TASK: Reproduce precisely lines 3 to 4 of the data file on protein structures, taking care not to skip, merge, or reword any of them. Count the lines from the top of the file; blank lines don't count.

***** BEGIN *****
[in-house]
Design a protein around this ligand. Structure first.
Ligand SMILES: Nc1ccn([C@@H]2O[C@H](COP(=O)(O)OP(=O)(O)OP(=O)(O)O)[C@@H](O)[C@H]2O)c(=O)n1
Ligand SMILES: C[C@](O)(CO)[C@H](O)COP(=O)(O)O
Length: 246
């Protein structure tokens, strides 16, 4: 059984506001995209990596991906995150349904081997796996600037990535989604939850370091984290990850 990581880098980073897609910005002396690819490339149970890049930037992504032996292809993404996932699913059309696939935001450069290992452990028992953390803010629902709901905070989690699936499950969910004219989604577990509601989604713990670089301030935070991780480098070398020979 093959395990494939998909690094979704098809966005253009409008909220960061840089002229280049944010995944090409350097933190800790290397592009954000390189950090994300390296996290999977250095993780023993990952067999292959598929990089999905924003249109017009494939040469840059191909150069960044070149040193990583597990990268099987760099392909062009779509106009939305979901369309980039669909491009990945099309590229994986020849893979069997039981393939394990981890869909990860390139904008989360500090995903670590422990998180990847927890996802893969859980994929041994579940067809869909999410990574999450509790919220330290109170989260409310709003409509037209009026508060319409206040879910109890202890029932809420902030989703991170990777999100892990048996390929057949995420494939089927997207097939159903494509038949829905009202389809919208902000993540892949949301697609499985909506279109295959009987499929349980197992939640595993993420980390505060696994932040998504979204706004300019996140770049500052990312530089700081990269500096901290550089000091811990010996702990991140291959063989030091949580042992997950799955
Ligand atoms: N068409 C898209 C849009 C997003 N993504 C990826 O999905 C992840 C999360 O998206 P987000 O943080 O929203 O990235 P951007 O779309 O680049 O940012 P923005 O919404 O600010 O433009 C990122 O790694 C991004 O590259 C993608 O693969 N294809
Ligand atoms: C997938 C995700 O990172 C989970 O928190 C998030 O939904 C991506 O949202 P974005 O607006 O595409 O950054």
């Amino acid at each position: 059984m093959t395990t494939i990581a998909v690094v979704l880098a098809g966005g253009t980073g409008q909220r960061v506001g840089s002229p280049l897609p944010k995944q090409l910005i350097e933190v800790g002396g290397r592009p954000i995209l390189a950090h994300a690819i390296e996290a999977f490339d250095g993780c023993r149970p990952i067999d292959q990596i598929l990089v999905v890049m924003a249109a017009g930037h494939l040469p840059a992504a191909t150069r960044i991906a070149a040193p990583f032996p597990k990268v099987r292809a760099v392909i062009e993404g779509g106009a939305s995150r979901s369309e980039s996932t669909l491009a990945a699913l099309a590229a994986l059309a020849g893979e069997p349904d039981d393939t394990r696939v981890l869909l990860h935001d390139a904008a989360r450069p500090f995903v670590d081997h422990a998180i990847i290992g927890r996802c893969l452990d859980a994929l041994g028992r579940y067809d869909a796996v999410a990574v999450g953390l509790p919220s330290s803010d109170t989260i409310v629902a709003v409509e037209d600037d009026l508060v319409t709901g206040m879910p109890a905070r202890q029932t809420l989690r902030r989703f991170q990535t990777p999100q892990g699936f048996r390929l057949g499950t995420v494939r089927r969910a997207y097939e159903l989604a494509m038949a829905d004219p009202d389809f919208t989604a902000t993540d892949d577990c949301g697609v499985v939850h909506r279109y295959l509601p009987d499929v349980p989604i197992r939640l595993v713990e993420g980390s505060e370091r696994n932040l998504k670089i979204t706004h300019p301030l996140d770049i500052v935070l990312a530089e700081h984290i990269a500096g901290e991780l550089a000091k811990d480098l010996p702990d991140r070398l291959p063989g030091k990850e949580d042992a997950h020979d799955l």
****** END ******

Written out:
Ligand SMILES: Nc1ccn([C@@H]2O[C@H](COP(=O)(O)OP(=O)(O)OP(=O)(O)O)[C@@H](O)[C@H]2O)c(=O)n1
Ligand SMILES: C[C@](O)(CO)[C@H](O)COP(=O)(O)O